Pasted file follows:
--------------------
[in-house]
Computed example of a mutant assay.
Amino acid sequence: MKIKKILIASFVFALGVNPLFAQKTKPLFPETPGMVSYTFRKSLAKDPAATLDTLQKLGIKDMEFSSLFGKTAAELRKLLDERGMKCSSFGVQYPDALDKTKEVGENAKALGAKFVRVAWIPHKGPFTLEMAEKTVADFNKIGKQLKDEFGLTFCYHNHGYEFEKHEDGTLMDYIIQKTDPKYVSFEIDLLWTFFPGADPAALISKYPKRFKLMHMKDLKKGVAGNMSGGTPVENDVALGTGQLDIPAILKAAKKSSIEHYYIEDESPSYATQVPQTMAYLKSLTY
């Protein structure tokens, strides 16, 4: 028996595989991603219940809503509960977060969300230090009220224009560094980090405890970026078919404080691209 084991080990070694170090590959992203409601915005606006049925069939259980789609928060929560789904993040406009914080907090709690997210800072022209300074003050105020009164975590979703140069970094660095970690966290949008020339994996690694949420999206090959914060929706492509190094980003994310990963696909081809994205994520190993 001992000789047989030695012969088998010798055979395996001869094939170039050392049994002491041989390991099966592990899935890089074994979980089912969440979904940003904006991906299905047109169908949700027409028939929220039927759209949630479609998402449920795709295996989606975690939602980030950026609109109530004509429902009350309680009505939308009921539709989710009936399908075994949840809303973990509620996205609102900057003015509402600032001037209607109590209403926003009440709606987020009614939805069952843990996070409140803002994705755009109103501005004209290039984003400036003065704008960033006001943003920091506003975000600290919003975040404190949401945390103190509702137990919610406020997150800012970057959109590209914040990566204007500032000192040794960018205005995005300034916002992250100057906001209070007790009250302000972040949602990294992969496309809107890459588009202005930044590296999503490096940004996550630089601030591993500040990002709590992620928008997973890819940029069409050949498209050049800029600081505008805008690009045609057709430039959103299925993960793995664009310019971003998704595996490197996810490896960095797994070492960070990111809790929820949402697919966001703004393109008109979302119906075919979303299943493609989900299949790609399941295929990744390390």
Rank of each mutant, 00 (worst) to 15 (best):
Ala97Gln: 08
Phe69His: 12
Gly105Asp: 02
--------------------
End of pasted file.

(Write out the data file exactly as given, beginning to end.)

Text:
[in-house]
Computed example of a mutant assay.
Amino acid sequence: MKIKKILIASFVFALGVNPLFAQKTKPLFPETPGMVSYTFRKSLAKDPAATLDTLQKLGIKDMEFSSLFGKTAAELRKLLDERGMKCSSFGVQYPDALDKTKEVGENAKALGAKFVRVAWIPHKGPFTLEMAEKTVADFNKIGKQLKDEFGLTFCYHNHGYEFEKHEDGTLMDYIIQKTDPKYVSFEIDLLWTFFPGADPAALISKYPKRFKLMHMKDLKKGVAGNMSGGTPVENDVALGTGQLDIPAILKAAKKSSIEHYYIEDESPSYATQVPQTMAYLKSLTY
């Protein structure tokens, strides 16, 4: 028996595989991603219940809503509960977060969300230090009220224009560094980090405890970026078919404080691209 084991080990070694170090590959992203409601915005606006049925069939259980789609928060929560789904993040406009914080907090709690997210800072022209300074003050105020009164975590979703140069970094660095970690966290949008020339994996690694949420999206090959914060929706492509190094980003994310990963696909081809994205994520190993 001992000789047989030695012969088998010798055979395996001869094939170039050392049994002491041989390991099966592990899935890089074994979980089912969440979904940003904006991906299905047109169908949700027409028939929220039927759209949630479609998402449920795709295996989606975690939602980030950026609109109530004509429902009350309680009505939308009921539709989710009936399908075994949840809303973990509620996205609102900057003015509402600032001037209607109590209403926003009440709606987020009614939805069952843990996070409140803002994705755009109103501005004209290039984003400036003065704008960033006001943003920091506003975000600290919003975040404190949401945390103190509702137990919610406020997150800012970057959109590209914040990566204007500032000192040794960018205005995005300034916002992250100057906001209070007790009250302000972040949602990294992969496309809107890459588009202005930044590296999503490096940004996550630089601030591993500040990002709590992620928008997973890819940029069409050949498209050049800029600081505008805008690009045609057709430039959103299925993960793995664009310019971003998704595996490197996810490896960095797994070492960070990111809790929820949402697919966001703004393109008109979302119906075919979303299943493609989900299949790609399941295929990744390390």
Rank of each mutant, 00 (worst) to 15 (best):
Ala97Gln: 08
Phe69His: 12
Gly105Asp: 02